BALTIMORE—It’s been 50 years since the Orioles won their first World Series, and on Friday night, the 1966 champions were honored at Oriole Park.
Many of the key players from the team were honored. There were big names: Brooks Robinson, Jim Palmer and Boog Powell, and some lesser known ones, too. Twelve players and a coach were introduced.
“It was a special time for all of us,” Palmer said on Friday.
“In ’66 we had the best team, that’s all,” Robinson said. “It was big. It was the dream come true for me, and for these guys, too.”
Frank Robinson, who was not present, was considered the missing piece of a potential World Series team. The Orioles beat the heavily favored Los Angeles Dodgers in four straight games.
“As soon as you saw Frank, you knew this was a team that could win,” pitcher John Miller said.
Miller, who was a native Baltimorean, is truly a lifelong Orioles fan. He was 12 years old when the Orioles moved from St. Louis to Baltimore, and still lives in the area.
“I was lucky to be on that team,” Miller said.
An injury to Miller, who played parts of five seasons with the Orioles, opened the way for Palmer to make the starting rotation.
Palmer won the second game of the 1966 World Series, becoming the youngest pitcher to throw a shutout in the World Series.
He beat the great Sandy Koufax in his final game.
Koufax started the second game of the World Series instead of the first game because he was observing Yom Kippur, longtime third base coach Billy Hunter remembered.
The 87-year-old Hunter said if the Orioles had faced Koufax in the first game instead of Don Drysdale, the Series might have turned out differently.
In the four game sweep, the Orioles used just 13 of their 25 players and got three complete games.
Some key members of the team have died: Paul Blair, Curt Blefary, Moe Drabowsky and Dave McNally. Catcher Andy Etchebarren recently had back surgery and couldn't attend. Pitcher Wally Bunker, who pitched a complete game six-hit shutout in Game 3, has health issues, too and couldn’t be there, either.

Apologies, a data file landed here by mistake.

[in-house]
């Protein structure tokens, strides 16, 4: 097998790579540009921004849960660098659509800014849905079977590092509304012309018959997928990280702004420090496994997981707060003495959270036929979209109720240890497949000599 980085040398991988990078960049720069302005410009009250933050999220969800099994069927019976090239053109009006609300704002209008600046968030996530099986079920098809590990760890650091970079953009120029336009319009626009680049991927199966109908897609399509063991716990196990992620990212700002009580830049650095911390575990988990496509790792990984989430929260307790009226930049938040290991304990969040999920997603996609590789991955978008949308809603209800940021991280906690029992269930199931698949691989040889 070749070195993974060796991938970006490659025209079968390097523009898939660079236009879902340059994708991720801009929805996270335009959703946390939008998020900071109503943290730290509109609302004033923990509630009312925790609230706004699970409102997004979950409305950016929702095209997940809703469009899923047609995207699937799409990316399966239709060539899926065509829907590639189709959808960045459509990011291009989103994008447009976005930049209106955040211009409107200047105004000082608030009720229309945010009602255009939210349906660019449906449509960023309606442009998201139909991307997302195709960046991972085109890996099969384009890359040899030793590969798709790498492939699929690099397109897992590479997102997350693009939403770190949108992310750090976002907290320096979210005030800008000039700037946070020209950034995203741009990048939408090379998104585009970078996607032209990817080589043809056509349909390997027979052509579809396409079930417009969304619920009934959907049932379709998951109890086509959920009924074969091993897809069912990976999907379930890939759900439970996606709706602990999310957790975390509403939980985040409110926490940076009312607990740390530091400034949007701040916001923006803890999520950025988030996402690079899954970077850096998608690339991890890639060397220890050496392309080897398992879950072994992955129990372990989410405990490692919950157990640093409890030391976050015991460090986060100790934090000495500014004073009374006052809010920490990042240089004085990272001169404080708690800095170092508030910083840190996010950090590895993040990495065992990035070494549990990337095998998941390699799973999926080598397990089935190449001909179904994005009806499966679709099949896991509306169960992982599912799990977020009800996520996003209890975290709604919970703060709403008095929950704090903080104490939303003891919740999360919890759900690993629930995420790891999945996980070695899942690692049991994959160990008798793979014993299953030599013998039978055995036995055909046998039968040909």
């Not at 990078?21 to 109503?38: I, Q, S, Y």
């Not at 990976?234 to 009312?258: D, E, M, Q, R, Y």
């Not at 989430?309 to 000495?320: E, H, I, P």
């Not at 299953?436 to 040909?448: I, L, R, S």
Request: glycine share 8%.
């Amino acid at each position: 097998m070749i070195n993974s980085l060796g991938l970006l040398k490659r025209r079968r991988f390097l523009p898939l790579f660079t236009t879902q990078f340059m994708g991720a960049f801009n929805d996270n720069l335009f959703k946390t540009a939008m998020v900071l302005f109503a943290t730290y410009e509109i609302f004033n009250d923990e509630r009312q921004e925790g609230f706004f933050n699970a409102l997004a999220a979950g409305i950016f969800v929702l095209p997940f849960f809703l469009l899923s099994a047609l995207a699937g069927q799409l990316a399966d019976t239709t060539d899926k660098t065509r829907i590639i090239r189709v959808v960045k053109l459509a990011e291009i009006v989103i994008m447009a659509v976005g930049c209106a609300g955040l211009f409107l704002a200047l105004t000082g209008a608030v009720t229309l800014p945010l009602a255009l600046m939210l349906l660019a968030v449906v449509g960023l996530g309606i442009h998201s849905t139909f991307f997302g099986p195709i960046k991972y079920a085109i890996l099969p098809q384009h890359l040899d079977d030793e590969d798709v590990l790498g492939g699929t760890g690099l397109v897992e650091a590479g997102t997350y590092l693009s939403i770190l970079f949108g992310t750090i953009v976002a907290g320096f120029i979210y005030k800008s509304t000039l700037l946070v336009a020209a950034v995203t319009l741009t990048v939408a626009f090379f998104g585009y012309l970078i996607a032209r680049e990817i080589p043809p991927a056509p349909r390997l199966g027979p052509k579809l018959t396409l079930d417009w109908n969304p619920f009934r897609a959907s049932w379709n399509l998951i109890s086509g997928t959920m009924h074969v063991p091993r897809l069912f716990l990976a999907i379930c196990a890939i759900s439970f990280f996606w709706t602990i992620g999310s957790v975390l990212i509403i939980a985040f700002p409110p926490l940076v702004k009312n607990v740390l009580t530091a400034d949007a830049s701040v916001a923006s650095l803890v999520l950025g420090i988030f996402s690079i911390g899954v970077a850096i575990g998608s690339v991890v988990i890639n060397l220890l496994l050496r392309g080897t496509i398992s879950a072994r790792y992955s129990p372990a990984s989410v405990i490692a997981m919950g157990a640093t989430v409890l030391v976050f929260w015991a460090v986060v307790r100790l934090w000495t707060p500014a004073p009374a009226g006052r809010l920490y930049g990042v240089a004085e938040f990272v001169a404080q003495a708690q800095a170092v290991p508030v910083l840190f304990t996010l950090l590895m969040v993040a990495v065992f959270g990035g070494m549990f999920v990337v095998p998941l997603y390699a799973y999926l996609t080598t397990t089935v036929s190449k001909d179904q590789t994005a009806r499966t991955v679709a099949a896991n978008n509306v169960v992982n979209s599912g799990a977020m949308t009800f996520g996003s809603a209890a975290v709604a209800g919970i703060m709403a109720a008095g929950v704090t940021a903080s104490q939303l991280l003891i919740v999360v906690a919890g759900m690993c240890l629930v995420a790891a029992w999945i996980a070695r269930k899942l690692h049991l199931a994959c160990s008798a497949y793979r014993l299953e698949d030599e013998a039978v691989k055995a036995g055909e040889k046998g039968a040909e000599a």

Infielder Bob Johnson was in a nursing home recently for neurological issues, and he used the reunion as an incentive.
“I wasn’t sure I was going to come out of the home,” Johnson said.
Davey Johnson was back, too. Johnson, who played six seasons for the Orioles, and later managed them for two, thinks of himself as an Oriole even though he managed four other teams, including the Nationals.
“I thought I might stay a little longer, but it didn’t pan out,” Johnson said of his time in Baltimore.
Palmer, Powell and Robinson have all stayed in the area. Powell gets to interact with fans each game when he sells his “Boog’s Barbecue” on Eutaw Street.
Of course, they received the biggest ovations when they were introduced to the crowd and threw out first balls to Chris Davis, Manny Machado and Chris Tillman.
Palmer, Powell and Robinson all played in four World Series—winning in 1966 and 1970, but losing in 1969 and 1971.
“You’ve got to win in this game. You can’t second best. We won a lot of games,” Robinson said.
It’s been a long time for Robinson.
“Sometimes, honest to God, I don’t remember playing,” Robinson said.
“When I see Machado make a great play, I say, ‘man did I ever do that?’ I know I did, but I just don’t think about it. It just goes by like that.”
As an Orioles broadcaster, Palmer knows that comparisons between his time and today are part of the fun.
“I watch Manny, and he makes all the plays. What did Brooks do? He made all the plays,” Palmer said.
For Powell, the memories are vivid.
“It’s like snapping your fingers. It seemed like it happened right now. It’s all still real,” Powell said. “It was like living in fantasy land. After it went so fast, what do we do now?”
It was a great time. The Baltimore Colts were one of the best teams in the NFL, and people here loved winners.
“You could go to any restaurant, any bar. You could go anywhere in town. You go to sit down, somebody will buy you dinner. This is a great town for that,” Powell said.
At 79, Robinson knows this reunion is special.
“This will be the last time I’ll see a lot of these guys,” Robinson said.
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